The four major candidates for Louisiana governor agree that the state’s in desperate need of tax incentive reform to shore up the budget — and soon.
Republicans U.S. Sen. David Vitter, Lt. Gov. Jay Dardenne and Public Service Commissioner Scott Angelle and Democratic state Rep. John Bel Edwards all touched on the state’s growing budget crisis during a forum in Baton Rouge on Tuesday.
“You will see whoever is governor early next year calling a special session,” predicted Dardenne, who previously served in the state Legislature.
Louisiana’s facing a $1.6 billion revenue shortfall in the coming year. That has left Gov. Bobby Jindal, a Republican who cannot seek re-election because of term limits, and state legislators scrambling to prevent deep cuts to funding for higher education and other areas of the state budget.
“There are no more Band-Aids in the first aid kit,” Edwards said. “It demands a structural fix. That’s what we have to do.”
All of the candidates say they back a review of the way most areas of the state budget have been protected from cuts, leaving higher education particularly vulnerable, as well as a review of the tax incentives the state provides for business and industry. In an eight-part series in the fall, The Advocate examined the millions of dollars in tax credits the state doles out each year in an attempt to boost its economy — but often to questionable returns. The looming budget crisis has sparked louder calls for a review of those incentives.
“We need to do that in a meaningful way and not kick the can down the road,” Vitter said of plans to immediately call a special session, if elected, to address taxes and the budget.
Angelle, a former Jindal appointee, said the budget is fundamentally out of whack. “Things are wrong. Things are broken,” he said.
But while all agreed that a review is needed, few specific ideas were offered up. Instead, the candidates said reform would require stakeholders to come together to address the issues and weigh the benefits of all incentive programs.
“Everybody’s got to be part of the solution,” Dardenne said.
Tuesday’s event, the latest in a series of gubernatorial forums hosted by interest groups, was sponsored by the National Federation of Independent Businesses’ Louisiana chapter, Louisiana Restaurant Association and Louisiana Retailers Association.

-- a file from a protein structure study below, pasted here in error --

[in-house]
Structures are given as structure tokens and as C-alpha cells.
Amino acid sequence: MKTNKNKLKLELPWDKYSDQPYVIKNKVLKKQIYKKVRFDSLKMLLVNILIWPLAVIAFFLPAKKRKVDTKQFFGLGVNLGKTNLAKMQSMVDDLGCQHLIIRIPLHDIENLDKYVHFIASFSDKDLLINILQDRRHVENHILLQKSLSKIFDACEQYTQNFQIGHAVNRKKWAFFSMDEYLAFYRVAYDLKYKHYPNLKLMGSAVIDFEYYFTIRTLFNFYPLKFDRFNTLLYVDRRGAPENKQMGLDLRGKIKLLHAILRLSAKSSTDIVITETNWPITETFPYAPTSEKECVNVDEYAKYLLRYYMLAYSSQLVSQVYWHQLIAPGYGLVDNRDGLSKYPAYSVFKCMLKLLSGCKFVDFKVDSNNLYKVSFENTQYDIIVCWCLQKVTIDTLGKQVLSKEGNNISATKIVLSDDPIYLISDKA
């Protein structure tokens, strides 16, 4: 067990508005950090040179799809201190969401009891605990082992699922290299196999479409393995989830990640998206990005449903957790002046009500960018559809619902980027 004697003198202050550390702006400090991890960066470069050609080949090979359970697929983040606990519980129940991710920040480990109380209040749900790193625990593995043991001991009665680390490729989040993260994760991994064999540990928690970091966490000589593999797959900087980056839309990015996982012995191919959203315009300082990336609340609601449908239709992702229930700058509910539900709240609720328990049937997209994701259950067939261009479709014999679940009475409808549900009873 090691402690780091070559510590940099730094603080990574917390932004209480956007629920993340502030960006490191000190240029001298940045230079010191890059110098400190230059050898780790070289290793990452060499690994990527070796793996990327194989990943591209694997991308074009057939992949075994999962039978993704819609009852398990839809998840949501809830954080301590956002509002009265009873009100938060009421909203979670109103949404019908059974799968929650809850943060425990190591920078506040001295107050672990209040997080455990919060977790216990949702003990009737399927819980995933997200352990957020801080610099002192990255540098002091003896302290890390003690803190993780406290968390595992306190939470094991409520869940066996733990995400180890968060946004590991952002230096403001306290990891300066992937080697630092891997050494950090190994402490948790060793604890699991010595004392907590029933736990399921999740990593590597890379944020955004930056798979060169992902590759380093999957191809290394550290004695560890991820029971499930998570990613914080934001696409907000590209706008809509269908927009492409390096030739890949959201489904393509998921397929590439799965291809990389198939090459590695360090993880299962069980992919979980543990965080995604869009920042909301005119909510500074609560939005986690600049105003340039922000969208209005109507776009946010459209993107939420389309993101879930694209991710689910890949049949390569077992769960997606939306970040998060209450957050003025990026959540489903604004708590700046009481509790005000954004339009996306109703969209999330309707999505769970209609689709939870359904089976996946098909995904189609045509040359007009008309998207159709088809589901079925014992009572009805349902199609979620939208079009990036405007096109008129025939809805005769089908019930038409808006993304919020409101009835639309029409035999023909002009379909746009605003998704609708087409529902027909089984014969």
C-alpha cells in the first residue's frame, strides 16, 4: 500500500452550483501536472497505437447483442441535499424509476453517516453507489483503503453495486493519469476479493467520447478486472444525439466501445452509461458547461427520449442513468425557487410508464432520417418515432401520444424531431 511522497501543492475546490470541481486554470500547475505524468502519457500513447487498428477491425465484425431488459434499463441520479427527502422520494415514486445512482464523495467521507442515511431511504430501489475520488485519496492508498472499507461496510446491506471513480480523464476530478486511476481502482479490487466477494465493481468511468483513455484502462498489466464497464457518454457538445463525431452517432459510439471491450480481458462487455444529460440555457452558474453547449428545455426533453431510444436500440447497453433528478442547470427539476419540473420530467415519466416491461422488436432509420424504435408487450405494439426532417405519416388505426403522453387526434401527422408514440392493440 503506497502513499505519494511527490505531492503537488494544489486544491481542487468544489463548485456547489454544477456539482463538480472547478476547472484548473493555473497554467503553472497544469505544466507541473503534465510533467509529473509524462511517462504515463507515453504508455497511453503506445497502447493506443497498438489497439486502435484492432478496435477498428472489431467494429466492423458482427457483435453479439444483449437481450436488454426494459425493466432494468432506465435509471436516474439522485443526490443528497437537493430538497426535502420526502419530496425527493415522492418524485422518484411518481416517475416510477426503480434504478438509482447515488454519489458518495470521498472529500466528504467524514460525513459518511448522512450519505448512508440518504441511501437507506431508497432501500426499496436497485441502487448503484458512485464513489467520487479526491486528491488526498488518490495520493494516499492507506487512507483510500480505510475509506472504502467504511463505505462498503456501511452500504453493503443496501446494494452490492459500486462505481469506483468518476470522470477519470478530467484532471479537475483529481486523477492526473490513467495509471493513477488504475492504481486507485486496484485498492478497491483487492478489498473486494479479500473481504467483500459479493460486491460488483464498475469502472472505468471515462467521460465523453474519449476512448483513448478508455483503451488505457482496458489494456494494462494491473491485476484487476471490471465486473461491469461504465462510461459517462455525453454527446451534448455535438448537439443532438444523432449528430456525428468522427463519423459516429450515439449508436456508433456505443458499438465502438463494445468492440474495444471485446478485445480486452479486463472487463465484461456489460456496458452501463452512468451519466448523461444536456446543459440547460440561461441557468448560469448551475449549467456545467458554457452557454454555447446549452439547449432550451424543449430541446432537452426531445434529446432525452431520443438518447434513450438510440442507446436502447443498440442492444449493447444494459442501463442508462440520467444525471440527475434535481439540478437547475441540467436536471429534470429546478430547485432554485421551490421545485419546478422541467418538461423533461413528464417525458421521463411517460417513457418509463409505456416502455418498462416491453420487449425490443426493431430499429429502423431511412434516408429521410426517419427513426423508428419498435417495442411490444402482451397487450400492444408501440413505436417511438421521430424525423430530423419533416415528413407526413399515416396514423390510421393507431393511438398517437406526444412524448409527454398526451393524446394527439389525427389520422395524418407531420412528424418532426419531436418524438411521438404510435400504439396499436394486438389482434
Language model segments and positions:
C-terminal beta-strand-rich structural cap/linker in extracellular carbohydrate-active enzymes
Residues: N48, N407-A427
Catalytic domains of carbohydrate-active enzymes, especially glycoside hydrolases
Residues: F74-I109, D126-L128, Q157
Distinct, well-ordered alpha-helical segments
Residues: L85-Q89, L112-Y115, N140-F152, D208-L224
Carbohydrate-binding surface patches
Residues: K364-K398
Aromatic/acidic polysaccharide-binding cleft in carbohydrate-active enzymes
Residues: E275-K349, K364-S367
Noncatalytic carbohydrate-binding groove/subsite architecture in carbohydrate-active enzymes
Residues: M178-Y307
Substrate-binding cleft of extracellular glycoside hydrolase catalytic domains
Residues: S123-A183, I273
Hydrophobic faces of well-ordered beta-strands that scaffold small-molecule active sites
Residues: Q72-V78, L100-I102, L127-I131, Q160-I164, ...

Several of the talking points directly hit on small-business issues and attempts to relate to the luncheon’s nearly 200 attendees.
None of the candidates are backing a proposal in Jindal’s executive budget recommendation to roll back the state’s inventory tax credit program, saving the state millions that could be put toward higher education.
Jindal’s plan would allow businesses to claim what they owe in state taxes, but anything above that amount would be kept in the treasury rather than refunded to the taxpayer. The idea has been unpopular in the business community. Currently, all the inventory taxes paid to local governments by businesses are refunded by the state.
Removing the inventory tax altogether, as some want, would deprive many local and parish governments of a large portion of the money they use to pay for services.
All the candidates took swipes at the governor and his plans for the inventory tax. But one of Jindal’s staffers, Shannon Dirmann, who is in the governor’s press office, zeroed in on Vitter, castigating the U.S. Senator in a statement emailed to reporters. Vitter wants to consider the idea of changing the inventory tax refunds as part of an overall analysis of exemptions and credits. Dirmann wrote: “After eight years of tax cuts, maybe the voters will want to pay more in taxes. Usually that is the Democrat platform, the Obama approach.”
Vitter called the governor’s approach to the inventory tax “absolutely crazy,” then made what has become a familiar jab at Jindal’s presidential ambitions.
“This will be my last political job, elected or appointed. Period,” Vitter said, adding that means he wouldn’t care about appeasing national interest groups “or voters in Iowa.”
Dardenne, talking budget priorities, also appeared to take aim at the Jindal administration, which has repeatedly cut funding for colleges and universities: “We will not put higher education on a back burner under my administration,” he said.
Touting leadership skills he said he learned attending West Point, Edwards said Louisiana “will do better as soon as we make better decisions about who we elect.”
Angelle didn’t come out directly swinging against Jindal, but he didn’t shy away from criticizing the situation the state faces.
“How can we have the highest (gross domestic product) we’ve ever had in this state, the highest nongovernmental employment we have ever had, and yet we have a $1.6 billion deficit?” he said. “Something is wrong. Something needs to be fixed.”